Book news & reviews
by Scott Steedman
Don Horowitz, a lawyer from San Francisco, had just arrived in
Paris via Borneo, and he was exasperated. The French dont wear
tutus or stick bones in their noses, so we expect them to be like
us, he complained to Polly Platt. Wrong! They are just plain
different. Its a pity they dont wear bones in the noses: wed
get the message sooner.
Born in Philadelphia but a resident of the 7th arrondissement
since 1967, Platt is used to that kind of griping, what she calls
the same anguished stories. Since 1986 her consultancy company,
Culture Crossings, has been helping expats and their spouses deal
with the arcane mysteries of the French. Six years ago she put
her advice together in a best-selling book, French or Foe, and
this summer sees the publication of the sequel, Savoir Flair
211 Tips for Enjoying France and the French.
The idea is to lead people who are moving to France by the hand,
to get them started, she explains. Because so many people just
keep telling me that they are intimidated by the French! And the
French are just wonderful! All you need to know is a little bit
about body language and a few polite words.
The new book is meant as a complement to French or Foe, aimed
more at tourists than businessmen or long-term residents. Like
the first book it is based around real stories, which are then
taken apart to show the misunderstandings just below the surface.
It includes a lot of readers letters and subjects she didnt
find space for first time around, like hotels, bathrooms, driving,
walking around Paris and restaurant protocol. The many asides
include the most in-depth history of Paris dog poop scandal you
are ever likely to find.
A lot of the practical tips are standard guidebook fare: much
better is the tongue-in-cheek anthropology that animates long
chapters on shopping and love. Both feature some very funny set
pieces. My personal favorite is a long letter from a very angry
American woman describing a catastrophic bra-buying trip to a
Parisian department store. Its full of American cultural artifacts
writes Platt: How many can you spot? There are six, starting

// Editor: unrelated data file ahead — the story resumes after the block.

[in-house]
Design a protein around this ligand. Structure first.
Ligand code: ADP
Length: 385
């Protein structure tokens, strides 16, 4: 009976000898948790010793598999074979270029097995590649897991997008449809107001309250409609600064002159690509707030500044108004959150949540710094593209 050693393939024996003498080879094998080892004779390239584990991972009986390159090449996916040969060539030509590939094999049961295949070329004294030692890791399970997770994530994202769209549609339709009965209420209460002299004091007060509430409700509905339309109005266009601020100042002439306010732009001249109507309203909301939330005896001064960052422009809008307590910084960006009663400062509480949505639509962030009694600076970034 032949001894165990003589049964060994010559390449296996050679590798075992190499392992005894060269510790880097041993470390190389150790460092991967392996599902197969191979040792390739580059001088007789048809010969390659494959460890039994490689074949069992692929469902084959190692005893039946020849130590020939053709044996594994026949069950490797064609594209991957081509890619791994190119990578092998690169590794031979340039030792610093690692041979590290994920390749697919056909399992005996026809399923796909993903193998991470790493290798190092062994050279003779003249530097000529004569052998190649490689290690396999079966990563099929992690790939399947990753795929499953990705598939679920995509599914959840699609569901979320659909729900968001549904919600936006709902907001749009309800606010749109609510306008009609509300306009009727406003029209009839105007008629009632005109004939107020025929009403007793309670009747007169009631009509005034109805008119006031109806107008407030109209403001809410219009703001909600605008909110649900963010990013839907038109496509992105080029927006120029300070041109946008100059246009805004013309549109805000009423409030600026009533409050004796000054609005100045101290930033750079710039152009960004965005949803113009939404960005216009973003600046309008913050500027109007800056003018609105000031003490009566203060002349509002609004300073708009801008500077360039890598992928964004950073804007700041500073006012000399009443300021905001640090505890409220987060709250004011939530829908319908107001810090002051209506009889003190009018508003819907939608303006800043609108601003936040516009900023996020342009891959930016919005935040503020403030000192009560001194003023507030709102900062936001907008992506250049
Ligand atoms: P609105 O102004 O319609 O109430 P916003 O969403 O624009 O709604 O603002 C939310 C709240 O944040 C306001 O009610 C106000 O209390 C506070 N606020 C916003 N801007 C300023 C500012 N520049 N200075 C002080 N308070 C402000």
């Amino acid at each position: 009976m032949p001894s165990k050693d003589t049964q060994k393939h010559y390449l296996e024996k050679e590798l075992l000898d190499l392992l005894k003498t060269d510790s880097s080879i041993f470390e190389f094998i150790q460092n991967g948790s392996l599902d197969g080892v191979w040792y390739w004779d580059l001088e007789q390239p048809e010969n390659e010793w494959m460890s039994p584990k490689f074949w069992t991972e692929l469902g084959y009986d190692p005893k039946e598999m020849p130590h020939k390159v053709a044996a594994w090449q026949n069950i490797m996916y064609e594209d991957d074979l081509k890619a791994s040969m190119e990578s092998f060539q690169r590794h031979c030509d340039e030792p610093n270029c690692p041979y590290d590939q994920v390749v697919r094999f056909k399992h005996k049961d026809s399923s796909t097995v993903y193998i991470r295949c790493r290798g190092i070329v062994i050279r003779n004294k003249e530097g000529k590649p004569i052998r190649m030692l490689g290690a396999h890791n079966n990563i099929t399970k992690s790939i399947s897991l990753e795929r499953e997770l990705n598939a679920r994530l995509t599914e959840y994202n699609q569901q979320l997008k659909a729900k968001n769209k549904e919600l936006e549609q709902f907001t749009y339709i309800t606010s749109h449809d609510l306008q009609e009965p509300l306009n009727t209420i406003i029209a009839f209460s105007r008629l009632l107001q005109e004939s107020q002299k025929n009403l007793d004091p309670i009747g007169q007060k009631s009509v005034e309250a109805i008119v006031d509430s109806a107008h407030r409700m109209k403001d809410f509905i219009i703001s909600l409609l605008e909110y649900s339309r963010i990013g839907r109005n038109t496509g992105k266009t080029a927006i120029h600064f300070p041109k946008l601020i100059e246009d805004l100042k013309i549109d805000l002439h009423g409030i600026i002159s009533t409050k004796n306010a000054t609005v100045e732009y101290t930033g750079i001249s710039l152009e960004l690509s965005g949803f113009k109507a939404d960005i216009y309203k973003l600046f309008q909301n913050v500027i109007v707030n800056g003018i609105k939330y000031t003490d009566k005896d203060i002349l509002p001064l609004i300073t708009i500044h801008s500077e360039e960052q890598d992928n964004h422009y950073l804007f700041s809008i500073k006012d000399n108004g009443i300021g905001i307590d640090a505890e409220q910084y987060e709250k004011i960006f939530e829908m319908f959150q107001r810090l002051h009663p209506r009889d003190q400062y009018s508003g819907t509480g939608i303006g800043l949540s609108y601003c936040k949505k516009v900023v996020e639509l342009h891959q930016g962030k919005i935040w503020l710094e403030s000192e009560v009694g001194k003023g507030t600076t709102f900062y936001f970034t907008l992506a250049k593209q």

with the customers right to be right, a concept French shopkeepers
have never heard of.
The counter story, a tale of successful integration, is one told
by a tall Texan called Kevin who managed the unthinkable bringing
his own bottle of Château Margaux grand cru 1987 to the Tour dArgent,
proud owner of Paris greatest cellar, with 400,000 top-notch
bottles. How did he do it? Well, that would be giving it away.
But it reads like a great adventure story, and like all great
French adventure stories, it involves flattery, food,and love.
The three ways to a French waiters heart.
Are the French really that different? They are completely different.
I think if you dont have a 2,000 years of history behind you,
you cant understand it... Anyway their schooling is so completely
different, they cant possibly look at things the same way we
do. I call them the Chinese of Europe. All those rules.
The theme of the book is take your time. Dont do that Yankee
bulldozer hard sell routine, it wont work over here. Im trying
to get people to slow down, to appreciate Platt says. And she
ends by quoting a favorite proverb of Mitterrand: Il faut donner
du temps au temps you have to give time to time.
French or Foe and Savoir Flair are both publishd by Platts
company, Culture Crossings, and include illustrations by her Serbian
husband Ande Grchich. She will be launching the second book at
The Abbey Booksshop on July 12 and at WH Smith on July 22: see
English-speaking Paris for details.
A Story as Sharp as a Knife
Robert Bringhurst is one of Canadas leading poets. He has also
been a Guggenheim fellow, studied linguistics at MIT under Noam
Chomsky, and worked as a translator from Arabic and Greek. But
he is best known as a friend of the great Haidi sculptor Bill
Reid, the driving force behind the extraordinary renaissance of
west coast native art in the second half of the 20th century.
Their long collaboration produced two wonderful books, the photographic
essay The Black Canoe: Bill Reid and the Spirit of Haidi Gwaii
and The Raven Steals the Light a traditional story that has